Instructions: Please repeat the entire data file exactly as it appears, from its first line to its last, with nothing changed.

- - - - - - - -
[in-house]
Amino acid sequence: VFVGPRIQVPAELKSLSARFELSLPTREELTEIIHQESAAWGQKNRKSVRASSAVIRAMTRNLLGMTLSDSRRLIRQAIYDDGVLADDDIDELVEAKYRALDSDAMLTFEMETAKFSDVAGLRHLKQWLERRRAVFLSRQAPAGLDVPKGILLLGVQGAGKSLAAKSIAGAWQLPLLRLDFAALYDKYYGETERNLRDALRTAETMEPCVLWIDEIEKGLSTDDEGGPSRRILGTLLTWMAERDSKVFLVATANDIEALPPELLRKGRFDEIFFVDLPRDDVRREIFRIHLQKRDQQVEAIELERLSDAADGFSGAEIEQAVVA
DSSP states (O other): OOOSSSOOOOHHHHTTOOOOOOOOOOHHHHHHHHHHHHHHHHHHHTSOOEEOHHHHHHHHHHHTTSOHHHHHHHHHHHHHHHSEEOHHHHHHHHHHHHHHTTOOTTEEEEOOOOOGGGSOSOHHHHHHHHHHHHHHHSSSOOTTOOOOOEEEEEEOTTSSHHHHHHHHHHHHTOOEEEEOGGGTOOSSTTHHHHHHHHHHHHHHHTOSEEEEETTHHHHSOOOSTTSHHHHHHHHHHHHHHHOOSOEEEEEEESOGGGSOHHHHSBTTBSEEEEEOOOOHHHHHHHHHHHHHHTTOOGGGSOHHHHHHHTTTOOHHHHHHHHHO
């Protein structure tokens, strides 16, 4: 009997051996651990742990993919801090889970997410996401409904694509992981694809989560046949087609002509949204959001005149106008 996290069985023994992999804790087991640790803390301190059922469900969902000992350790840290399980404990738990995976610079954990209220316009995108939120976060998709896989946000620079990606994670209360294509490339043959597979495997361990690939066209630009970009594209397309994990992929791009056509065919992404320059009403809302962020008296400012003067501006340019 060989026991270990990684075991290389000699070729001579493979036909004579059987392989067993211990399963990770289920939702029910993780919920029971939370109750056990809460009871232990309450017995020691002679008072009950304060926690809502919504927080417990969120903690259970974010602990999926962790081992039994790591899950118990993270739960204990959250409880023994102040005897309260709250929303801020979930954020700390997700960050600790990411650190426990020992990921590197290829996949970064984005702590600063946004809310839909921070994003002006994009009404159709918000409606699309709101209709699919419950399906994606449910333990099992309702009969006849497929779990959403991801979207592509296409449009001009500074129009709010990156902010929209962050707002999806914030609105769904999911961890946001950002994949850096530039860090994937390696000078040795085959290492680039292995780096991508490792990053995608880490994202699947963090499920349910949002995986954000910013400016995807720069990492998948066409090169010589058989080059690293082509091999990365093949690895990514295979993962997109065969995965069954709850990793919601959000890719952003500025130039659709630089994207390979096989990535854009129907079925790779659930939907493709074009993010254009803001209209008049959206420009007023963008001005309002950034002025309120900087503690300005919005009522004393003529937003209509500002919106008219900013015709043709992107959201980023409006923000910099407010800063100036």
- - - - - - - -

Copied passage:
[in-house]
Amino acid sequence: VFVGPRIQVPAELKSLSARFELSLPTREELTEIIHQESAAWGQKNRKSVRASSAVIRAMTRNLLGMTLSDSRRLIRQAIYDDGVLADDDIDELVEAKYRALDSDAMLTFEMETAKFSDVAGLRHLKQWLERRRAVFLSRQAPAGLDVPKGILLLGVQGAGKSLAAKSIAGAWQLPLLRLDFAALYDKYYGETERNLRDALRTAETMEPCVLWIDEIEKGLSTDDEGGPSRRILGTLLTWMAERDSKVFLVATANDIEALPPELLRKGRFDEIFFVDLPRDDVRREIFRIHLQKRDQQVEAIELERLSDAADGFSGAEIEQAVVA
DSSP states (O other): OOOSSSOOOOHHHHTTOOOOOOOOOOHHHHHHHHHHHHHHHHHHHTSOOEEOHHHHHHHHHHHTTSOHHHHHHHHHHHHHHHSEEOHHHHHHHHHHHHHHTTOOTTEEEEOOOOOGGGSOSOHHHHHHHHHHHHHHHSSSOOTTOOOOOEEEEEEOTTSSHHHHHHHHHHHHTOOEEEEOGGGTOOSSTTHHHHHHHHHHHHHHHTOSEEEEETTHHHHSOOOSTTSHHHHHHHHHHHHHHHOOSOEEEEEEESOGGGSOHHHHSBTTBSEEEEEOOOOHHHHHHHHHHHHHHTTOOGGGSOHHHHHHHTTTOOHHHHHHHHHO
């Protein structure tokens, strides 16, 4: 009997051996651990742990993919801090889970997410996401409904694509992981694809989560046949087609002509949204959001005149106008 996290069985023994992999804790087991640790803390301190059922469900969902000992350790840290399980404990738990995976610079954990209220316009995108939120976060998709896989946000620079990606994670209360294509490339043959597979495997361990690939066209630009970009594209397309994990992929791009056509065919992404320059009403809302962020008296400012003067501006340019 060989026991270990990684075991290389000699070729001579493979036909004579059987392989067993211990399963990770289920939702029910993780919920029971939370109750056990809460009871232990309450017995020691002679008072009950304060926690809502919504927080417990969120903690259970974010602990999926962790081992039994790591899950118990993270739960204990959250409880023994102040005897309260709250929303801020979930954020700390997700960050600790990411650190426990020992990921590197290829996949970064984005702590600063946004809310839909921070994003002006994009009404159709918000409606699309709101209709699919419950399906994606449910333990099992309702009969006849497929779990959403991801979207592509296409449009001009500074129009709010990156902010929209962050707002999806914030609105769904999911961890946001950002994949850096530039860090994937390696000078040795085959290492680039292995780096991508490792990053995608880490994202699947963090499920349910949002995986954000910013400016995807720069990492998948066409090169010589058989080059690293082509091999990365093949690895990514295979993962997109065969995965069954709850990793919601959000890719952003500025130039659709630089994207390979096989990535854009129907079925790779659930939907493709074009993010254009803001209209008049959206420009007023963008001005309002950034002025309120900087503690300005919005009522004393003529937003209509500002919106008219900013015709043709992107959201980023409006923000910099407010800063100036």